I guess you could call it a trend, where more and more households are relying on various appliances on a regular basis. A client I’m currently working with in Glen Waverley have a mixer, coffee machine, toaster, rice cooker, and theromix. These appliances are out constantly and take up a lot of counter space. So much counter space that there is little room for cooking preparation. So, these days I think we must plan for a kitchen appliance counter in our kitchen design projects.
How many appliances and how often?
Function is the key to any interior design project. I always ask my clients what they do in the space? What time? Does the layout of the space support the key function? With open plan living and multi-functional spaces, the key is to consider the way the space is used most of the time.
Therefore, if you use appliances in your kitchen a lot, it’s important to factor them into the design of your kitchen renovation or kitchen design project. Some people tackle this problem by planning for a butler’s kitchen or pantry. But this adds a big cost to an already expensive interior design project.
So, the key is to consider what appliances you use all the time and which appliances you use some of the time? For example, in my house I have a slow cooker and juicer out all the time. The juicer I use daily and slow cooker at least once a fortnight.
Other appliances such as a waffle maker or blender I keep stored away until I need them. With my clients in Glen Waverley I asked them why they need a rice cooker when they can cook rice on the stove just as easily? Sometimes I think we can get excited about an appliance promising to save use time when in reality it doesn’t.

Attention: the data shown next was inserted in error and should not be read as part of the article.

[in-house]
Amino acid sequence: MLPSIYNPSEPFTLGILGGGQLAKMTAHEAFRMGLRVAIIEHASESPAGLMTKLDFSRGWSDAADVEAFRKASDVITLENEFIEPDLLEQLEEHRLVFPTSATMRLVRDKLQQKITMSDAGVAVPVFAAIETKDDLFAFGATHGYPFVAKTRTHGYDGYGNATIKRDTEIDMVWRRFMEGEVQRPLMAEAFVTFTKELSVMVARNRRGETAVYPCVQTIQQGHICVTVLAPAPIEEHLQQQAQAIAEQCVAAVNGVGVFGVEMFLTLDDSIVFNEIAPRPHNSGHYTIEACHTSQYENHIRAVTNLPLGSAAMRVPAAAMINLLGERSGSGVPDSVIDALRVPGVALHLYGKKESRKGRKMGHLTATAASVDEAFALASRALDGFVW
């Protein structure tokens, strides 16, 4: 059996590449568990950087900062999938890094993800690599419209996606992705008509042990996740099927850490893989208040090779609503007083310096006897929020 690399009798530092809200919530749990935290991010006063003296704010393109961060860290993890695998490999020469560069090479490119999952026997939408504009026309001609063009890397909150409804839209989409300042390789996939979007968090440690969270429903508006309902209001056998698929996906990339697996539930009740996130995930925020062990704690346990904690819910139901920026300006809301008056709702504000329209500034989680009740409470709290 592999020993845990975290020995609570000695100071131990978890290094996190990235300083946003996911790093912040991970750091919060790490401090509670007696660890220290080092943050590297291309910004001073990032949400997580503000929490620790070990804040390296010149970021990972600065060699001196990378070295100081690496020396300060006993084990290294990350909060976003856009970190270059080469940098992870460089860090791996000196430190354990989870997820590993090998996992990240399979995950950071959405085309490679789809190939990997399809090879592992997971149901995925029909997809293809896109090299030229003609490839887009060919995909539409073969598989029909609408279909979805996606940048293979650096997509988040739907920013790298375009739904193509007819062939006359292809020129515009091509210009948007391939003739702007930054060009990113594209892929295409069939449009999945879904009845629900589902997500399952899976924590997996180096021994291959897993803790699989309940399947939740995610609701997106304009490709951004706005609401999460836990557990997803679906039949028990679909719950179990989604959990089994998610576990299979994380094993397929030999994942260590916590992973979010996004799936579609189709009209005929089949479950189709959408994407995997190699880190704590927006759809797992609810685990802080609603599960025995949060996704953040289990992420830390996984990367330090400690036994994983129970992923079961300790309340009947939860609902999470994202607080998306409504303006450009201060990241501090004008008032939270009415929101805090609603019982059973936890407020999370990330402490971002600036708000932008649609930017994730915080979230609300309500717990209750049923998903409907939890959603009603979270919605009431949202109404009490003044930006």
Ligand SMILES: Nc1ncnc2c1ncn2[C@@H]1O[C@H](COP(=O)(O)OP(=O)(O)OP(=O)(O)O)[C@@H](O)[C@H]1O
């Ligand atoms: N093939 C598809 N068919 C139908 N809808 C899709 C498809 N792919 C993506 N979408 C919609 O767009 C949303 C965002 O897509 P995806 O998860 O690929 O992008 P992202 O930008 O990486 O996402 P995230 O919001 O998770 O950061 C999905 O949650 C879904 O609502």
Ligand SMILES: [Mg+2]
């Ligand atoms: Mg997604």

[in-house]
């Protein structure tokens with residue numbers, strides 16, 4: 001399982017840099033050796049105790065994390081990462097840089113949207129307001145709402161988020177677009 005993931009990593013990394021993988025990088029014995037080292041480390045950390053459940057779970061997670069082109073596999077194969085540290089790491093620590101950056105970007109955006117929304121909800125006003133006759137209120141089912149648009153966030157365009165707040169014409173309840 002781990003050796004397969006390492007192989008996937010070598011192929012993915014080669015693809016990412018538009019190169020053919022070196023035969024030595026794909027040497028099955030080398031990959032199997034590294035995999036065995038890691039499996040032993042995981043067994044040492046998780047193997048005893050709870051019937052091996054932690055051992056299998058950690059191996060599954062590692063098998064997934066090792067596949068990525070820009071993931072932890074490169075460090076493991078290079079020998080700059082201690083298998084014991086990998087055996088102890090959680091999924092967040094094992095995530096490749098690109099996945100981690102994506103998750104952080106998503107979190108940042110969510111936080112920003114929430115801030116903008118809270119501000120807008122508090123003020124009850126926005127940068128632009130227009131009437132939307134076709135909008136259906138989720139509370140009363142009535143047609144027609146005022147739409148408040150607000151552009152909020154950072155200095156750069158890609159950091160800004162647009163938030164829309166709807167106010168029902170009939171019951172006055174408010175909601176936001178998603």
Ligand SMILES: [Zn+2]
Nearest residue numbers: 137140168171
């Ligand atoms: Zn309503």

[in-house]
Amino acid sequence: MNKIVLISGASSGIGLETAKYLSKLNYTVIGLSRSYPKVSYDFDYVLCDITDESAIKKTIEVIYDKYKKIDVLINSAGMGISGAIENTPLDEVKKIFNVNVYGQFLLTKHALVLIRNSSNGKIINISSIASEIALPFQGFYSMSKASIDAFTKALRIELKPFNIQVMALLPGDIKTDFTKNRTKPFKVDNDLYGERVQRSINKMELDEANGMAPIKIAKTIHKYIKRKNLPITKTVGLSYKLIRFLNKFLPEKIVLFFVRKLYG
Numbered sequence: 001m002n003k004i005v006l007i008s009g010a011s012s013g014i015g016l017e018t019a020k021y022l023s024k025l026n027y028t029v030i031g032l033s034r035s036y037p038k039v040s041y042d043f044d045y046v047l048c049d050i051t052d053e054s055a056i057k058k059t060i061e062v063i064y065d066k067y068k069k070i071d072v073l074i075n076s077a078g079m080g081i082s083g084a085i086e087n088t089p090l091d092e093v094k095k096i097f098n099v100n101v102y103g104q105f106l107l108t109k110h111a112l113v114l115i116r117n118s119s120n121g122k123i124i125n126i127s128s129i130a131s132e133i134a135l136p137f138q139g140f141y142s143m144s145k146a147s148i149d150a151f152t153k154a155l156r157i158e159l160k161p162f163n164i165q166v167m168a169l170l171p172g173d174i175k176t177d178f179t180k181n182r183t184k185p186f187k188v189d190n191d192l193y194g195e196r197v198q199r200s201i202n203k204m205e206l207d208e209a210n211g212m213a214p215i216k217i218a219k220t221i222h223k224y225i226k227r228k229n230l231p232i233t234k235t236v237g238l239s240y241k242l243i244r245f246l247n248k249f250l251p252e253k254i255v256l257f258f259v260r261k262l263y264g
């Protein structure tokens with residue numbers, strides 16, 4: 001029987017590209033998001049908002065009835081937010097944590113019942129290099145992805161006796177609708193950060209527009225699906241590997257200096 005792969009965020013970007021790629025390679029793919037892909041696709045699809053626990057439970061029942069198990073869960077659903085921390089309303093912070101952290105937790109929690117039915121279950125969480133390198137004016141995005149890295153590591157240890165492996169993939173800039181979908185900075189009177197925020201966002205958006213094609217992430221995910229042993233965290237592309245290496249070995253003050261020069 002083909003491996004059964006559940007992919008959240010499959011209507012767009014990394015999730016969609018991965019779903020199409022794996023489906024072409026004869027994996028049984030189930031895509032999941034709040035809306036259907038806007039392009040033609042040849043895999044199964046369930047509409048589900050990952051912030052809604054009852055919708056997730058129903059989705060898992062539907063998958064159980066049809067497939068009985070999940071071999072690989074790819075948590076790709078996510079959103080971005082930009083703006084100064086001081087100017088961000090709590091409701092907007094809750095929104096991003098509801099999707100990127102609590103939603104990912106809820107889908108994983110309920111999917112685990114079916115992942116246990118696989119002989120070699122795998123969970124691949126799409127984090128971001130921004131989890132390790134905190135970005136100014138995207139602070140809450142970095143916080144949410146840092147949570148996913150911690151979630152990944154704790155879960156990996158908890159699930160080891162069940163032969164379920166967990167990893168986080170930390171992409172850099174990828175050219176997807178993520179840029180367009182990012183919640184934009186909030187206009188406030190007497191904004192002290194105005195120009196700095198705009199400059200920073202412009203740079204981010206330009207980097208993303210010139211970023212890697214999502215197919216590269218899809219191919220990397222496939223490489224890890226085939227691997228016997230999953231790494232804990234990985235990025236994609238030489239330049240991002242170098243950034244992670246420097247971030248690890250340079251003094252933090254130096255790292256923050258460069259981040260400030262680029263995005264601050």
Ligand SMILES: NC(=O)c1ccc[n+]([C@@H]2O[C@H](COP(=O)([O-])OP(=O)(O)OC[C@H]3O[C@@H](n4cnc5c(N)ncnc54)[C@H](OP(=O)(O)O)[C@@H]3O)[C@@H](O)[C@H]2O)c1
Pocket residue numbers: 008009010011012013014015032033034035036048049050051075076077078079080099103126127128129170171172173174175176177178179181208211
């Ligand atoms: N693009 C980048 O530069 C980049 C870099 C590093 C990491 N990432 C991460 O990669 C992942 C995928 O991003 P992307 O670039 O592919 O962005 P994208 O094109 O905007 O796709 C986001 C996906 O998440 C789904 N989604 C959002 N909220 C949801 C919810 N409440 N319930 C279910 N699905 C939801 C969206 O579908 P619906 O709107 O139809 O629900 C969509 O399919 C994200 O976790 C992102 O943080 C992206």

Kitchen storage solutions
When designing your kitchen, understanding the number of appliances you have, which appliances you use all the time and the ones you don’t, will help you make smart storage solutions.
How many appliances will take up counter space? What other appliances do you have and how will they be stored? Do they need to be easily accessible for example in a drawer or cupboard next to the oven? Or can they be tucked away in a wall cupboard.
There are standard kitchen configurations that can be adjusted within a tried and tested framework to include more counter space for appliances. Don’t forget you’ll need powerpoints to service these appliances.
In a few of my kitchen renovation projects lately, an appliance counter has been an important and crucial part of the kitchen design solution, where a separate room or butler’s pantry was not feasible either due to space or budget restrictions.
A dedicated counter for appliances will ensure the efficiency and functionality of your kitchen isn’t compromised by the number and size of appliances in your kitchen.
We need to be efficient with our spaces and if for example you don’t eat bread, then maybe you don’t need a toaster? If you don’t drink tea and only drink coffee, then maybe you don’t need a kettle. When you have guests you can boil water on the stove top. A simple and practical approach is sometimes the best.
Carefully consider how you cook and use your kitchen, when designing a kitchen appliance counter in your kitchen design project.